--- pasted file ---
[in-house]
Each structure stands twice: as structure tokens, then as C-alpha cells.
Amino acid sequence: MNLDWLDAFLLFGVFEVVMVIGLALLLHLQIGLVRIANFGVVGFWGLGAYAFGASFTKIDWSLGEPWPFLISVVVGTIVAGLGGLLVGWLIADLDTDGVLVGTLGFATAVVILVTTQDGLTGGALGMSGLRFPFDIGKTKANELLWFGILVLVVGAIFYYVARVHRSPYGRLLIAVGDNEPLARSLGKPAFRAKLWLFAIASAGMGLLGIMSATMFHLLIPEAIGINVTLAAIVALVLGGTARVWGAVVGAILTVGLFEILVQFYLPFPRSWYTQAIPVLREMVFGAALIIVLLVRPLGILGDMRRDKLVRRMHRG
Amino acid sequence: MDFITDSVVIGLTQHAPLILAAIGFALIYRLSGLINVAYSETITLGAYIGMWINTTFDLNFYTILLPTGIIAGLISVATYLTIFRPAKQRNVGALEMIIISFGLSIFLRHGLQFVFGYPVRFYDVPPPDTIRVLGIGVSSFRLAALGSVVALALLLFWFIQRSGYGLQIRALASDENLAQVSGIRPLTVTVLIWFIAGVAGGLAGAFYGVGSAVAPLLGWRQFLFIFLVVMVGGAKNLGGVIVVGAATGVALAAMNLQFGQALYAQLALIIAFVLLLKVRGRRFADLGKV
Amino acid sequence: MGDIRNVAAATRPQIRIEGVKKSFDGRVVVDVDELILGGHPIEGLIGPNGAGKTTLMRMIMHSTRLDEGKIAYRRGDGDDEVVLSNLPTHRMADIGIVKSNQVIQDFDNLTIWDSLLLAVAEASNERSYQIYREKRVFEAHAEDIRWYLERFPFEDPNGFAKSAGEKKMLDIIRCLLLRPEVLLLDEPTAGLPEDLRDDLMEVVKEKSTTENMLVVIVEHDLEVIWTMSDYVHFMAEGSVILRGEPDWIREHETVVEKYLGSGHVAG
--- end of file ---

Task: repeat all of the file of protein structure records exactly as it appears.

[in-house]
Each structure stands twice: as structure tokens, then as C-alpha cells.
Amino acid sequence: MNLDWLDAFLLFGVFEVVMVIGLALLLHLQIGLVRIANFGVVGFWGLGAYAFGASFTKIDWSLGEPWPFLISVVVGTIVAGLGGLLVGWLIADLDTDGVLVGTLGFATAVVILVTTQDGLTGGALGMSGLRFPFDIGKTKANELLWFGILVLVVGAIFYYVARVHRSPYGRLLIAVGDNEPLARSLGKPAFRAKLWLFAIASAGMGLLGIMSATMFHLLIPEAIGINVTLAAIVALVLGGTARVWGAVVGAILTVGLFEILVQFYLPFPRSWYTQAIPVLREMVFGAALIIVLLVRPLGILGDMRRDKLVRRMHRG
Amino acid sequence: MDFITDSVVIGLTQHAPLILAAIGFALIYRLSGLINVAYSETITLGAYIGMWINTTFDLNFYTILLPTGIIAGLISVATYLTIFRPAKQRNVGALEMIIISFGLSIFLRHGLQFVFGYPVRFYDVPPPDTIRVLGIGVSSFRLAALGSVVALALLLFWFIQRSGYGLQIRALASDENLAQVSGIRPLTVTVLIWFIAGVAGGLAGAFYGVGSAVAPLLGWRQFLFIFLVVMVGGAKNLGGVIVVGAATGVALAAMNLQFGQALYAQLALIIAFVLLLKVRGRRFADLGKV
Amino acid sequence: MGDIRNVAAATRPQIRIEGVKKSFDGRVVVDVDELILGGHPIEGLIGPNGAGKTTLMRMIMHSTRLDEGKIAYRRGDGDDEVVLSNLPTHRMADIGIVKSNQVIQDFDNLTIWDSLLLAVAEASNERSYQIYREKRVFEAHAEDIRWYLERFPFEDPNGFAKSAGEKKMLDIIRCLLLRPEVLLLDEPTAGLPEDLRDDLMEVVKEKSTTENMLVVIVEHDLEVIWTMSDYVHFMAEGSVILRGEPDWIREHETVVEKYLGSGHVAG